By Joseph Flahert
Hyperform translates 3-D CAD models into paths that are populated with a chain of rings that act like pixels. Each link in the chain has a specialized notch that allows it to be assembled like a Lego kit, in this case creating a chandelier. Photo: Marcelo Coelho
How do you fit a 50-foot-long chain into a 5-inch box? It sounds like a brainteaser you might get while interviewing at Google, but for Skylar Tibbits and Marcelo Coelho it was a practical challenge that led them to reexamine some common assumptions about 3-D printer technology. The conventional wisdom is that to print large, furniture-sized parts, we’ll need ever-larger printers, but the pair of MIT educated researchers have developed an ingenious software tool that enables humble desktop 3-D printers to create objects the size of desks.
Their project is called Hyperform, and the process transforms CAD models into a series of linear paths that are populated with a chain of virtual rings. Each link in the chain acts like a pixel to help define the form of the model and is customized with a unique notch that allows it to connect to nearby links. The model of the chain is folded digitally, optimized for space with an algorithm, and then sent to a 3-D printer where a UV laser cures a light sensitive resin until the finished part emerges from the machine. The result looks like a brick of uncooked ramen, but as soon as the part is washed off, the chain can be unraveled—like pulling a string from a sweater.
Creating a giant chain in a tiny box is a great parlor trick, but the real magic happens when the designer starts snapping the links together. Each link snaps into the next like a custom-made Lego. When completed, the original model is revealed like a jigsaw puzzle. The proof of concept product is a chandelier, an ideal choice since it’s only required to support its own weight and the links look like glass beads.
Just last year, a project like this could only be completed on a high-end machine that costs tens of thousands of dollars, but the testbed for the Hyperform project was the Formlabs Form 1, the first low-cost, high-definition 3-D printer. Its resolution is four times higher than MakerBot but is limited by a build chamber that measures only 4.9 x 4.9 x 6.5 inches. Their clever computer science and highly accurate prints ultimately validated the space-efficient thesis, but the process wasn’t without pain. “We broke six machines,” says Tibbits. “We broke the software just about every day. Formlabs gave us free reign and said ‘go crazy’ and asked us to push the software.”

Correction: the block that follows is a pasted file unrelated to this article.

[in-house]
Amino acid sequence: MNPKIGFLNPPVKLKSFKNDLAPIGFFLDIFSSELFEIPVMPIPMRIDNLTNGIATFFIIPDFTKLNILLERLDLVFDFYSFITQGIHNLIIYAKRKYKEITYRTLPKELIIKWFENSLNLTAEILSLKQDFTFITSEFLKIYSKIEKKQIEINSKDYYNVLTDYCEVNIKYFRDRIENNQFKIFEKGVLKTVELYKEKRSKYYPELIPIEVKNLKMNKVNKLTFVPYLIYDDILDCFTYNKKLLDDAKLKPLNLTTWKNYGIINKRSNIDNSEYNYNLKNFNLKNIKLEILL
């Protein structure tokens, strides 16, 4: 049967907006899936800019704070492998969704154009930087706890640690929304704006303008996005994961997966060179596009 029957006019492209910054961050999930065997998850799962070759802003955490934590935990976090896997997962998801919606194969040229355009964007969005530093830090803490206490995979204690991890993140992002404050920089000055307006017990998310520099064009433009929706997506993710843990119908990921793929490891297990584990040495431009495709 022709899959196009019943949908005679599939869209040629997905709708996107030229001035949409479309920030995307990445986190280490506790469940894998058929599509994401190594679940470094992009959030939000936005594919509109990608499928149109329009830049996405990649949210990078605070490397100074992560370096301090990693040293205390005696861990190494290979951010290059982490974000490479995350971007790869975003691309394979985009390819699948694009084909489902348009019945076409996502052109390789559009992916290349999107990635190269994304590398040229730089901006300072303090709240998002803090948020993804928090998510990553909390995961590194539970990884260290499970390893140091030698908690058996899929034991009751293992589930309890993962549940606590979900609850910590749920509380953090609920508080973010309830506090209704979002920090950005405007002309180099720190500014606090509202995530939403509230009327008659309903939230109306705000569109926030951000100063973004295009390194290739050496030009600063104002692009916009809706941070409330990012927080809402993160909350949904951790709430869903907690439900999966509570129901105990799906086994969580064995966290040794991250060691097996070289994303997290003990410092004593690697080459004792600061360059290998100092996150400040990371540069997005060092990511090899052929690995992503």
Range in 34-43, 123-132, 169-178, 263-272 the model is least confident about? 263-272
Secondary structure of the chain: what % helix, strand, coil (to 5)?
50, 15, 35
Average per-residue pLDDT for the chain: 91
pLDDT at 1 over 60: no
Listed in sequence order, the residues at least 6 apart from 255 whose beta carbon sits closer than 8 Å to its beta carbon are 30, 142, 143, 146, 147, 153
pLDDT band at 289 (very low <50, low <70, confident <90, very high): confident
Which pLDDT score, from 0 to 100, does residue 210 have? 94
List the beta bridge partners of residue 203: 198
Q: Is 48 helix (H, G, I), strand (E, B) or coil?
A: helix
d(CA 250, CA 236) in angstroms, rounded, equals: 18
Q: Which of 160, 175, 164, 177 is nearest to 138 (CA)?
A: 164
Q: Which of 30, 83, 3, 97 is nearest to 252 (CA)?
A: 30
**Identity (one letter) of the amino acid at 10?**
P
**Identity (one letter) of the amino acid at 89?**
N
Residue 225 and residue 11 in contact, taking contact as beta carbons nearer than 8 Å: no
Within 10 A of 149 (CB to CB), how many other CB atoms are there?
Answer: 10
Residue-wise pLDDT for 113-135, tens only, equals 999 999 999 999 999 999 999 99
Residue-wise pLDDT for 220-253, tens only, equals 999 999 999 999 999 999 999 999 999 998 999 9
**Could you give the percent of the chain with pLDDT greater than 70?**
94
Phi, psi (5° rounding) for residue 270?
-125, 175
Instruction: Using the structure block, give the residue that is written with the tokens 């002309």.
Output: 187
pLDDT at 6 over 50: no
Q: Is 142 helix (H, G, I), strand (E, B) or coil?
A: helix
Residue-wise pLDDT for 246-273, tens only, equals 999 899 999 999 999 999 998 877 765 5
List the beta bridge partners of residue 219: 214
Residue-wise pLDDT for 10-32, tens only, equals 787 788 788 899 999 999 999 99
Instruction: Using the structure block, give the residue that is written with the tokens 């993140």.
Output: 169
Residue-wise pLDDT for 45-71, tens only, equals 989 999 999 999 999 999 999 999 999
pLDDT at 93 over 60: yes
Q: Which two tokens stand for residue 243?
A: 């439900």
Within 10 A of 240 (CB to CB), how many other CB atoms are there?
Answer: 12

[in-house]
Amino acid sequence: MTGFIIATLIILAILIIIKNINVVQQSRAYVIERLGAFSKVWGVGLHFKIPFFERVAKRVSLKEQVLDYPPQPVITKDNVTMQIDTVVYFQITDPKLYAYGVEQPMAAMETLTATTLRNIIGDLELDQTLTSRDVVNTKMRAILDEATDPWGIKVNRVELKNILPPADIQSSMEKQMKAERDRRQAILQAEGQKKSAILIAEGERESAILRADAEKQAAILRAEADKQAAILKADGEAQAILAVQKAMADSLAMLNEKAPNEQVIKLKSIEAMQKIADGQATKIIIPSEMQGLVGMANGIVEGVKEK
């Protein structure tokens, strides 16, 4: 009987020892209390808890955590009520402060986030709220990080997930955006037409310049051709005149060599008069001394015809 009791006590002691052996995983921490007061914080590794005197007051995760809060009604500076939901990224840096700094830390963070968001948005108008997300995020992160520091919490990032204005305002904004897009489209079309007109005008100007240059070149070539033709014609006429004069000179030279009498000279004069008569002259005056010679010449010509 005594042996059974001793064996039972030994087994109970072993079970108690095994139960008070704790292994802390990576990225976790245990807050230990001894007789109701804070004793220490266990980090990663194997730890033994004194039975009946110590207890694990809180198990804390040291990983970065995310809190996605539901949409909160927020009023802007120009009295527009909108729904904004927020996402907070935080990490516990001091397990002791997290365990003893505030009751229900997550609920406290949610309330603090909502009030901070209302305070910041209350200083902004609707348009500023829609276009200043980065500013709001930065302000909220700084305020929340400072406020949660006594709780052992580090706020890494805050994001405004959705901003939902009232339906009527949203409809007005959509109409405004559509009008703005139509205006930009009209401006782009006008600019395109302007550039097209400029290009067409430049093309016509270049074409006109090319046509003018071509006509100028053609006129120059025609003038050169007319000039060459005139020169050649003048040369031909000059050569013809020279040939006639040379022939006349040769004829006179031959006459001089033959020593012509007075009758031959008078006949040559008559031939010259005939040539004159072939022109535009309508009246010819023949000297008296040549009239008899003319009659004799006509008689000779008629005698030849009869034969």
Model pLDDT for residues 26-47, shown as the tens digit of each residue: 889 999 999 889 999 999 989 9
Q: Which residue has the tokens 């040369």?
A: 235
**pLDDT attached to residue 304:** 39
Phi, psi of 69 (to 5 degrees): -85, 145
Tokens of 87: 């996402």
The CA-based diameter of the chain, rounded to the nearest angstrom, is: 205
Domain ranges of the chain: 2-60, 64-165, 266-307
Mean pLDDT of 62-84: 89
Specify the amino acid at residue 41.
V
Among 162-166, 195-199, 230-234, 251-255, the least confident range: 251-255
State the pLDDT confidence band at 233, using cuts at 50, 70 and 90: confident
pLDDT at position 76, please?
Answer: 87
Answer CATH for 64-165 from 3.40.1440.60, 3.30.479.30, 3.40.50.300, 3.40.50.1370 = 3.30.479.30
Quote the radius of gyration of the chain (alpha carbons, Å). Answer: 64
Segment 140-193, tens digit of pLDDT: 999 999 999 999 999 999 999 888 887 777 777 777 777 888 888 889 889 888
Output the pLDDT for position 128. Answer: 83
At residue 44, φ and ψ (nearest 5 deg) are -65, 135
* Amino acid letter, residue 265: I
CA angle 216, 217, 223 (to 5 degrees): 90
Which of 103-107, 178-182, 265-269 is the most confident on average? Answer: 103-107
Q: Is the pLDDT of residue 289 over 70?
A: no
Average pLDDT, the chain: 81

The project was an epic stress test with some prints that lasted over 60 hours. Fortunately, Tibbits and Coelho were classmates with Formlabs Founder/CEO, Maxim Lobovsky, who was happy to use the project as quality control experiment for his recently launched system. “With a really high resolution, detailed model, the polygon count of what they were trying to handle was huge,” he says. “We worked through a lot of performance bugs that we hadn’t yet encountered with models that large to make it work.” According to Lobovsky, the Hyperform team would find a bug, and within a day or two the Formlabs engineers would have a software update that streamlined the process, the results of which are now freely available.
Hyperform is technically impressive, but isn’t likely replace traditional manufacturing techniques anytime soon. Currently available materials are too brittle for most load-bearing applications and the size of the links leave objects with a distinct pattern reminiscent of chainmail, but Tibbits believes the process and machines will continue to improve. “There needs to be more development into how structurally sound the printed parts are and how they could be improved by layering the chains, fusing them, or using a secondary hardening process.” Once those kinks are worked out, Tibbits sees a lot of applications for large industrial manufacturers who have been turned off by the relatively small objects even the largest 3-D printers can produce. “I see Hyperform a proof of concept for what can be built in a 5-inch volume,” says Tibbits. “But it’s also a provocation. I think we can get bigger.”